3 Good Reasons to Capture Commitments

By Benjamin Aggrey 5 years ago2 Comments
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The first reaction I usually get when I mention that I am a GTD’er and I capture every project and next action is ‘Really? Everything? …. Why?’

#2013-039 Overwhelm

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It’s simple really.

The reality is that capturing every next action allows me to have a complete inventory of absolutely anything and everything I could be committed to.

It is not about having a super-duper task list.

It is about being able to see all the things I have committed to … whether I made that commitment to someone else or to myself … and at any point in time, being able to feel comfortable that I (a) do not take on any more commitments than I can squeeze onto those lists and (b) work on the commitment that is the highest priority.

#2013-039 Time-Sensitivity



But it’s easy to get into a ‘busy trap’. It is easy to look at counts of tasks and get overwhelmed. It is easy to either hunker down to try and get as many of those tasks done as possible, or bolt and get a close to none of them done as possible! 😀

Well before you do that …. hold on.

Stay calm, and realise that putting all these next actions into a system has not changed how much you have committed to. Not one iota. It’s not the system that made you commit to each of those actions – it’s you. You’ve just put it in a format where you can see how much you have committed to.

Infact, if you think about it… how cool is that?

Now, …. you actually have all the data you need to renegotiate those commitments.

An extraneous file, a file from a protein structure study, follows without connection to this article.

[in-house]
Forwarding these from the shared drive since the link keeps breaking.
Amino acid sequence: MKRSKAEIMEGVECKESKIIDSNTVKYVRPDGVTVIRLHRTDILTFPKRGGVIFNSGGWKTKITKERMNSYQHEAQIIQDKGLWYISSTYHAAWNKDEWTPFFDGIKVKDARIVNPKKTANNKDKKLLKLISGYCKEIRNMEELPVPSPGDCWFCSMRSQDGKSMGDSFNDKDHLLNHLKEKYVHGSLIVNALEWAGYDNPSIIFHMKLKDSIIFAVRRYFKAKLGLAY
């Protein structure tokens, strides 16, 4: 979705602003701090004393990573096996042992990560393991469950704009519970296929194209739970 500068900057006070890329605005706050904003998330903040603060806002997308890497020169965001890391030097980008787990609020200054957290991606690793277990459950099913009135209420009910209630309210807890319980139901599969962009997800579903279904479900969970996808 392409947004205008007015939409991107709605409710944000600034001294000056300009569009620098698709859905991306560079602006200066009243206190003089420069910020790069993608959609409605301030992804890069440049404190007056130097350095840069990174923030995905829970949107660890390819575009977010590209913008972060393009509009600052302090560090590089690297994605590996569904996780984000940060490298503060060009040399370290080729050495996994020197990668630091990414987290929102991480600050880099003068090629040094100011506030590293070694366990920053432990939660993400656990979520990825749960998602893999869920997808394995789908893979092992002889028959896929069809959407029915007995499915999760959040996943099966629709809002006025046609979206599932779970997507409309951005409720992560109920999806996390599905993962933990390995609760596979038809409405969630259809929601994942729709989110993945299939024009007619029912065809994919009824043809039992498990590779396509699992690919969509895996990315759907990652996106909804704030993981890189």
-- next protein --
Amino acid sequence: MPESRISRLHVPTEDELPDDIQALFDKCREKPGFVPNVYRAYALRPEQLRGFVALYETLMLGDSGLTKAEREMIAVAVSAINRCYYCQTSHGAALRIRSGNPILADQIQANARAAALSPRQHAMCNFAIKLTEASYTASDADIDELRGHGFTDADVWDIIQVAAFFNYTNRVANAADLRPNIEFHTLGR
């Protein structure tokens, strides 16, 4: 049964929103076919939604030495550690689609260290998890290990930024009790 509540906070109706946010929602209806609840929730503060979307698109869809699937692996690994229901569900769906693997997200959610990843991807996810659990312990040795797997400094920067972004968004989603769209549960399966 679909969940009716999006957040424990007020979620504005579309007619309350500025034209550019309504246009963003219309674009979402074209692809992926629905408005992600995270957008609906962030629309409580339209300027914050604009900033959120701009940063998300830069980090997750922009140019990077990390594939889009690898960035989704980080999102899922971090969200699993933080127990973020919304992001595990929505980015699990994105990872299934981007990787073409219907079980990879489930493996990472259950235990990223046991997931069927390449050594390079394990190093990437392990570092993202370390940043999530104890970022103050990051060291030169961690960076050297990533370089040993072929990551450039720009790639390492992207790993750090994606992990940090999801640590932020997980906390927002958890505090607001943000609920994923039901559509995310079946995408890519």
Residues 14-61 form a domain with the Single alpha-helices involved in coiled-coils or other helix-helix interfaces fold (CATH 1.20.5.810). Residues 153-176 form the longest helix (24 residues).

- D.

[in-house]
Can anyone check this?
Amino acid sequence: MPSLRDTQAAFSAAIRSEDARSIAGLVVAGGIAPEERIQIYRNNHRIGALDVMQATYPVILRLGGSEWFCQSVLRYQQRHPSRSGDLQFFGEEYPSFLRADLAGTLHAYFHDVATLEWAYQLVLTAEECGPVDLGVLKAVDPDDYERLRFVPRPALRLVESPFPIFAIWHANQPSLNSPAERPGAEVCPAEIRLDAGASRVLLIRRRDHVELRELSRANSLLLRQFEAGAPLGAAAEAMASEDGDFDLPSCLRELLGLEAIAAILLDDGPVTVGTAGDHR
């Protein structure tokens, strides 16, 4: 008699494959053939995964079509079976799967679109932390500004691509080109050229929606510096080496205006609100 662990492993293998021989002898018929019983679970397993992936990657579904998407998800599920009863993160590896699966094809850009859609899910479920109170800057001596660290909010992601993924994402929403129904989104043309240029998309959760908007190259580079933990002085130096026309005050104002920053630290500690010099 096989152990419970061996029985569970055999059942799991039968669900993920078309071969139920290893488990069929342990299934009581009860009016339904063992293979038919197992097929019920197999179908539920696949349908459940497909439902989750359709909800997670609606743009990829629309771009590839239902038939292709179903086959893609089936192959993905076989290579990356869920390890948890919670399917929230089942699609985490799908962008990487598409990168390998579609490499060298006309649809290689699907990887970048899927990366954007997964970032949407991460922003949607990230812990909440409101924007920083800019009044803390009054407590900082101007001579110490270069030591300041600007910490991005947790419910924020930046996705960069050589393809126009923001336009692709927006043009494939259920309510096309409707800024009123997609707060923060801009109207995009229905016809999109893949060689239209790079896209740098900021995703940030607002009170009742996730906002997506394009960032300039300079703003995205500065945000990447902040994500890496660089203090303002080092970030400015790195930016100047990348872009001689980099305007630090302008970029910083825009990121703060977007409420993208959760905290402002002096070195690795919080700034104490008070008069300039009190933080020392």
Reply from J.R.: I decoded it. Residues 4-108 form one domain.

To do this I use a Renegotiate Commitments checklist that I walk through whenever I am planning for the next day, or the week. I walk through the four options anyone of us has to pare down these next actions:

1. Delete
2. Delegate
3. Defer
4. Negotiate

It’s important to note that especially step 2 (Delegating) and step 4 (Negotiating) could themselves create next actions and so the pay off for taking those options has to be greater, and hopefully significantly greater, than just doing the next action itself.

The effect of using this checklist is that you are not going to do everything on your lists. You will do less. And you are in control of how much less you will do. Delete, Delegate, Defer and Negotiate as much of that list as you would like. Heck, get rid of all of it if you want.

So there’s no need for overwhelm. You are absolutely in control.

The difference between going through this process and just saying ‘no’ or ignoring what you said or thought you would do, is that this way, you are deliberating making new agreements based on all real data about what’s important.

#2013-039 To Do Today

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This should give you a few advantages – three of which I have listed below:

  1. Say No More Easily: It should make it easier for you to say ‘no’, because it is not clear what you are saying ‘yes’ to.
  2. Maintain Trusted Relationships: You can better maintain trusted relationships because you deliberating renegotiate the commitment you’ve made rather than forget or ignore them.
  3. Plan Ahead and Reduce Stress: You can plan ahead and see how much down time you really have. If it’s not enough… create more!


So, my advice …. don’t give up on capturing all your commitments because it seems like a lot of work.

I promise you that, unless you’ve got a super simple work and personal life without many commitments and/or commitment renegotiations … the payoff is bigger than you think.

And the truth is, you don’t have to capture 100% at the very start… build up to 100% one percent at a time. And once you get to 100%, it’s a lot less to maintain it than you may realise.

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  • John says:

    Hey Betty, super post which takes some of the fear of capturing all! I really should get on an do some work mine.

    • enyonam says:

      Glad to hear it! It certainly can be overwhelming to try to get it all done but if you just add an extra 5 mins to your processing time you’ll eventually get it all captured. Good luck!

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